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VIII. 12 Say ye not, A confederacy, to all them to whom this people shall say, A confederacy; neither fear ye their fear, nor be afraid.

Say ye not, out of your distrust, Let us make a confederacy with the Assyrians, without whose aid we cannot stand against oureneniies; neither be ye dejected with this cowardly fear of them, that rise up against you.

VIII. 13 Sanctify the Lord of hosts himself; and let him be your fear, and let him beyour dread.

Give ye glory to God, in the confidence and praise of his Almighty power, whereby he subdueth all things: let your holy and awful fear be only bent upon him, who can deliver, or destroy you, at pleasure.*

VIII. 14 And he shall be for a sanctuary; but for a stone of stumbling and for a rock of offence to both the houses of Israel, for a gin and for a snare to the inhabitants of Jerusalem. He shall be a rock of sure defence, to those that fear him; but a stone of stumbling, and a rock of offence, to those, that distrust and disobey him, even of both the houses of Judah and Ephraim; and for a snare, to those, that are godless and rebellious, even in Jerusalem itself.

VIII. 16 Bind up the testimony, seal the law among my disciples. Give full assurance to my people of the certainty of this prophecy, and seal it up as a law that shall not be reversed.

VIII. 17 And I will wait upon the Lord, that hideth his face from the house of Jacob, and I will lookfor him. For my part, however others entertain these words of God, I will make account of their assured performance; and depend upon the good providence of that just God, who deservedly withdraws his favour from the rebellious house of Jacob.

VIII. 18 Behold, I and the children whom the Lord hath given me are for signs andfor wonders in Israel from the Lord of hosts, which dwelleth in mount Zion.

Behold, I, and those faithful disciples, whom the Lord hath by my means converted unto him, are made a gazing stock and wonderment to the children of Israel; and this is a judgment, that is justly come upon them from the Lord of Hosts, which hath, with so small effect, graciously manifested himself in his temple on mount Zion.

VIII. 19 And when they shall say unto you, Seek unto them that have familiar spirits, and unto wizards that peep, and that mutter: should not a people seek unto their God? for the living to the dtad?

What a madness is it in you, not to cleave fast unto the Lord, your true and only God? For if the profane heathen shall think they have reason to persuade you to depend upon magicians and wizards, that use devilish enchantments, is it not a shame, that you should not find cause to seek and cleave unto your only true God? Should we be so foolish, as to seek in the case of the living to the dead?

VIII. 20 To the law and to the testimony: if they speak not according to this word, it is because there is no light in them. No; far be that from us: let us have recourse to the law and to the testimony: that is it, which God hath given us for our infallible direction; and if any man speak either without or against this word, it is because he hath not the true light of grace or understanding in him.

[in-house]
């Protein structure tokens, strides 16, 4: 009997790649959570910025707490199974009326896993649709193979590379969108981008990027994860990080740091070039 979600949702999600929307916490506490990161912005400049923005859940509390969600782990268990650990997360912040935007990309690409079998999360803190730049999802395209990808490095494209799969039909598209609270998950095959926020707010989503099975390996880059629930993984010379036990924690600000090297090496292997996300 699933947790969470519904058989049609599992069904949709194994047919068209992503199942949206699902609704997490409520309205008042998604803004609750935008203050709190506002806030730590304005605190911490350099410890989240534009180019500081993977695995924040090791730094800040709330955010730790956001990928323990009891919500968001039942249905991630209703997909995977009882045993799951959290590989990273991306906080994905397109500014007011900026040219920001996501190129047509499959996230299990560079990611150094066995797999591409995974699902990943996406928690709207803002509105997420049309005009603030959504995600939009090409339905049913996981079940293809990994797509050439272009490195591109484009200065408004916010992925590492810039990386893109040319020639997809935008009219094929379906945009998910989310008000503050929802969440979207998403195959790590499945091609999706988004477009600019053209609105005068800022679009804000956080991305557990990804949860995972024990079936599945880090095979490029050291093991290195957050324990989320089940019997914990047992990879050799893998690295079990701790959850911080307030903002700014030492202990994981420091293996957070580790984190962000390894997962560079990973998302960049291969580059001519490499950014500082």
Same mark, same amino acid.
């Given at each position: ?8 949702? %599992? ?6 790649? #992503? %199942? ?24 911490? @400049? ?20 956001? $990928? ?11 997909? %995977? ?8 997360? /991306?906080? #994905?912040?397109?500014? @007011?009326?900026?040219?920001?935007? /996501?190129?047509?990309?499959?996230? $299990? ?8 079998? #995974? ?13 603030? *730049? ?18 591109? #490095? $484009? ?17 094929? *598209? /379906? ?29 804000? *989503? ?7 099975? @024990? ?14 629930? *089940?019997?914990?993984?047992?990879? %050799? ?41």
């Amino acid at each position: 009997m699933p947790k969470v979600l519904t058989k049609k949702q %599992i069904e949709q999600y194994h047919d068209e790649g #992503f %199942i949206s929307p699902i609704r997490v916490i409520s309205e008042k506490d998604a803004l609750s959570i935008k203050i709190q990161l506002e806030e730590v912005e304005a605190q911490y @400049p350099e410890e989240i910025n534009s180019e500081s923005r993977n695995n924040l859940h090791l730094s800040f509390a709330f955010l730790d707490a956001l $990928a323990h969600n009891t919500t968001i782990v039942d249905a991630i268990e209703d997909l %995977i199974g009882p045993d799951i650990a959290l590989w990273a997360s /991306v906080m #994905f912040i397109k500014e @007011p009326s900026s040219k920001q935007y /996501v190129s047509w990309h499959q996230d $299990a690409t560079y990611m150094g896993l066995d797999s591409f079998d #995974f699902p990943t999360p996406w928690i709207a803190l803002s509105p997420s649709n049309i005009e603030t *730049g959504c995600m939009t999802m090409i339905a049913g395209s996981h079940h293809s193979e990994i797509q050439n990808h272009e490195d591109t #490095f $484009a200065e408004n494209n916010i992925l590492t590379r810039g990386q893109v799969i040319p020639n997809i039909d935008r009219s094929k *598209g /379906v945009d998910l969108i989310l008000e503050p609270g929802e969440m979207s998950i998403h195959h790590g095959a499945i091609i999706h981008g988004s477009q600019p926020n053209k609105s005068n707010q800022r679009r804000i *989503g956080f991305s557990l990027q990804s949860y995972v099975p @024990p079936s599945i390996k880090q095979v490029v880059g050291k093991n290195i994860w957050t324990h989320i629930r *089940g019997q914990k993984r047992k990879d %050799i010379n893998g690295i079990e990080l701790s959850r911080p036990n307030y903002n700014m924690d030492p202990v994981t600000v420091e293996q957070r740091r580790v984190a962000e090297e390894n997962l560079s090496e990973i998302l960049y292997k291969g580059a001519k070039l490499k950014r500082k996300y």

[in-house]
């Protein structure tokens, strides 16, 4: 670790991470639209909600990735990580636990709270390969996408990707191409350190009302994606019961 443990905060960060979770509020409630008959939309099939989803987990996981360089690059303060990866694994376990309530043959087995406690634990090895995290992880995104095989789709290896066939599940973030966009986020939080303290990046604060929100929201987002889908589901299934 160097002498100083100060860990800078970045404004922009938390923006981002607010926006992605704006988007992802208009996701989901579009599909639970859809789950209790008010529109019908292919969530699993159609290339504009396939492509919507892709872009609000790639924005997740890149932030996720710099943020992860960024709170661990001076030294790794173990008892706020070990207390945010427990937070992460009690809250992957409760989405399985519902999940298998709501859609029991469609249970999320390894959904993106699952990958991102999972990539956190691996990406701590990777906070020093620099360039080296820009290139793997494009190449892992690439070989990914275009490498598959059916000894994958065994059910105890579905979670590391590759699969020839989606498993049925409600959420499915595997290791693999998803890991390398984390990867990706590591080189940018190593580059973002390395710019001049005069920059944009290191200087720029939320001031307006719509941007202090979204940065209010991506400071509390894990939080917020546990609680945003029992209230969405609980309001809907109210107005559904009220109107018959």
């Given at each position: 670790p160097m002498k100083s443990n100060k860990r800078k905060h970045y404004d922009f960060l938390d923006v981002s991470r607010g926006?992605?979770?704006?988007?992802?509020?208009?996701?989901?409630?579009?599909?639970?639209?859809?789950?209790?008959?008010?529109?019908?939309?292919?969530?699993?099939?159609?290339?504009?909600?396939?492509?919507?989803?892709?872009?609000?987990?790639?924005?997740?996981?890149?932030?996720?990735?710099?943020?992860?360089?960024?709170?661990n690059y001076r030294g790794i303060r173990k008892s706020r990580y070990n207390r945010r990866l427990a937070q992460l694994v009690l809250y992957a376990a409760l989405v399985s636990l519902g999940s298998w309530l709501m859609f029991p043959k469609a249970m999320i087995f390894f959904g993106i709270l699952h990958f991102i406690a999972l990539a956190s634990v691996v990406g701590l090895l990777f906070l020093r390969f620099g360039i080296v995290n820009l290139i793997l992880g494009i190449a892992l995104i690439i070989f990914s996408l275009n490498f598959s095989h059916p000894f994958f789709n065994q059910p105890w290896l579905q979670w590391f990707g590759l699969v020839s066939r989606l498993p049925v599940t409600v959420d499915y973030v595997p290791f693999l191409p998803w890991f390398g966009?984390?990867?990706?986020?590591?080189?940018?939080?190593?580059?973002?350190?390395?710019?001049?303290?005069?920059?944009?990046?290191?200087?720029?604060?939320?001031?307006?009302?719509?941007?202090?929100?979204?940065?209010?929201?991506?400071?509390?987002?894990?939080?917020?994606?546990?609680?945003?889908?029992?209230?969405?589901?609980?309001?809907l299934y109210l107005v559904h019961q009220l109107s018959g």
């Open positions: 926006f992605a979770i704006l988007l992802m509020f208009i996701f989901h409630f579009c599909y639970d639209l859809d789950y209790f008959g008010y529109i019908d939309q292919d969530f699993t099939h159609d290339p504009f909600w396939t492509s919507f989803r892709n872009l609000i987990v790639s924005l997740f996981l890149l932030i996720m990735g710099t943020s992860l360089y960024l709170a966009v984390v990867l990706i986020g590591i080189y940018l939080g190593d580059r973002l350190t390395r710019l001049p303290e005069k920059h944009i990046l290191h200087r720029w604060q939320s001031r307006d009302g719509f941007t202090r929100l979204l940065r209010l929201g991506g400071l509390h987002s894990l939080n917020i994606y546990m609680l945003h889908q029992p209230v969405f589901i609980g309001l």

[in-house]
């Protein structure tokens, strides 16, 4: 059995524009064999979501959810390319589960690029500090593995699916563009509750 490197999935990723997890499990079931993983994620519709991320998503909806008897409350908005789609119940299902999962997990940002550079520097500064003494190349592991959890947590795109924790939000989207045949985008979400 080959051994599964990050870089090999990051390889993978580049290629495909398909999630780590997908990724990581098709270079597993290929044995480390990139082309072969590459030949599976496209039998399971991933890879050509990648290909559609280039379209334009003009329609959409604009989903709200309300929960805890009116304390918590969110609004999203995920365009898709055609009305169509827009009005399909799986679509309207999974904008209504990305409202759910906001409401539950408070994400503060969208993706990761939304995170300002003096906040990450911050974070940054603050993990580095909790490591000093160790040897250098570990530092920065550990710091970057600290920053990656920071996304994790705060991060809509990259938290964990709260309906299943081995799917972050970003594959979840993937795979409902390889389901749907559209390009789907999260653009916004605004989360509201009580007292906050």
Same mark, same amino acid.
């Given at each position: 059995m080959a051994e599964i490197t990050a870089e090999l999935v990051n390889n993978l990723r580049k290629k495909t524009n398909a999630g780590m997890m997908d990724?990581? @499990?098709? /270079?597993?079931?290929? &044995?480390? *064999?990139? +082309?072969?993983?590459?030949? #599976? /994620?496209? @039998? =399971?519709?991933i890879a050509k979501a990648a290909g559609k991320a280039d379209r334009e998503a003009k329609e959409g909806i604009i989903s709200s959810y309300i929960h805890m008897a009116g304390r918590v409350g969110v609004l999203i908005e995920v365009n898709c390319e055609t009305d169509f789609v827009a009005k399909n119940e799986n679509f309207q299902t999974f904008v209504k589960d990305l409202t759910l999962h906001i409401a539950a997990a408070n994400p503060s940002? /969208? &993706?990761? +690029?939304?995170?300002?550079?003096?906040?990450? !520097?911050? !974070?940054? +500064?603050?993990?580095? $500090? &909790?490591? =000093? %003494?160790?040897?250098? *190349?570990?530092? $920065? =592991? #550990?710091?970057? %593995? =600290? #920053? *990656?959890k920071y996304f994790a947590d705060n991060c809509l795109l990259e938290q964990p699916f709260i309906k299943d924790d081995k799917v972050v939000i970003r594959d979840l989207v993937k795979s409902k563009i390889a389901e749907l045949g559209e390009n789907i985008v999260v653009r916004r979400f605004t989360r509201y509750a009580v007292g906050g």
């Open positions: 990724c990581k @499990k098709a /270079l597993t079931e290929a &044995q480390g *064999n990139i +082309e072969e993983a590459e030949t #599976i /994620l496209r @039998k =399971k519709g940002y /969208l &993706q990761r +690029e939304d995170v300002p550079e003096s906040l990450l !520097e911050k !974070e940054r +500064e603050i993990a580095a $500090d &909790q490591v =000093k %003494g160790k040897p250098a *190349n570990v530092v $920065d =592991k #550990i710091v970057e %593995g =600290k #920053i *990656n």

VIII. 21 And they shall pass through it, hardly bestead and hungry: and it shall come to pass, that when they shall be hungry, they shall fret themselves, and curse their king and their God, and look upward.

And whereas they hoped to have been fixed in this good land for ever, they shall now only pass through it as fugitives, being hardly bestead and pinched with hunger; and then, they shall fret and gall themselves with late and vain indignation, and shall curse their idol and their king, whose confidence hath misled them; and when they are thus thoroughly distressed, they shall begin to lookup-ward, to the hand of that God, by whom they are punished*

VIII. 22 And they shall look unto the earth; and behold trouble and darkness, dimness of anguish; and they shall be driven to darkness.

Neither can they expect comfort any other way; for if they look unto the earth, there is nothing but misery and affliction; yea even extremity of anguish: so as that sorrow and distress, wherounto they shall be plunged, shall drive them forcibly to look up to heaven for succour.

IX. 1 Nevertheless the dimness shall not be such as was in her vexation, when at the first he lightly afflicted the land of Zebulun, and the land of Naphtali, and afterward did more grievously afflict her by the way of the sea, beyond Jordan, in Galilee of the nations.

Yet, though this calamity shall be exceeding great, yet it shall not be utterly so extreme and disconsolate, as that former, which the land of Israel shall endure, when Tiglath Pileser, king of Assyria shall have miserably afflicted it, and when it was conquered and wastedby Shalmaneser; and those maritime parts thereof, which were beyond Jordan, bordering upon Tyre and Sidon, were utterly wasted. .

IX. 2 The people that walked in darkness have seen a great light: they that dwell in the land of the shadow of death, upon them hath the light shined.

There is a comfortable assurance of delivery in this miserable captivity; for, behold, the Messiah shall certainly come, and by his doctrine and Spirit shall enlighten those, that sit in darkness, and that abide in the shadow of death, beginning his blessed Gospel in those utmost skirts of Galilee.

IX. 3 Thou hast multiplied the nation, and not increased the joy: they joy before thee according to the joy in harvest, and as men rejoice when they divide the spoil.

When thou shalt thus graciously visit thy people, howsoever the nation shall not be greater than now it is, yet the joy of it shall be more; as now, contrarily, the people are more, but the joy is not more: then shall our rejoicing be great and unspeakable, suclias is wont to be of the husbandman, when he fetcheth in a rich and seasonable harvest, or of a soldier when he divideth the spoil.

IX. 4 For thou hast broken the yoke of his burden, and the staff of his shoulder, the rod of his oppressor, as in the day of Midian. For thou shalt have delivered thy people from the slavish yoke of their tyrannical oppressors, and from all their cruel impositions, as thou didst deliver them from the oppression of the Midianites, in the time of the Judges.

IX. 5 For every battle of the warrior is with confused noise, and garments rolled in blood; but this shall be with burning and fuel of fire.

Commonly, every battle is with confused noise, and fearful effusion of blood, and wallowing therein; but here, the case was otherwise: God did fight from heaven for his people; and did, as it were, set a fire amongst his enemies, causing them to fall one upon another, and to consume themselves.

IX. 6 For unto us a child is born, unto us a son is given: and the government shall be upon his shoulder.

Neither is it for God's people to rest in the temporal deliverance from their captivity, but to erect their thoughts unto higher hopes, even the happy assurances of salvation, by the true Messiah^ who is to come into the world; For unto us that Child is born, and unto us that Son of God is given, who shall take upon his shoulders the perpetual government of his Church.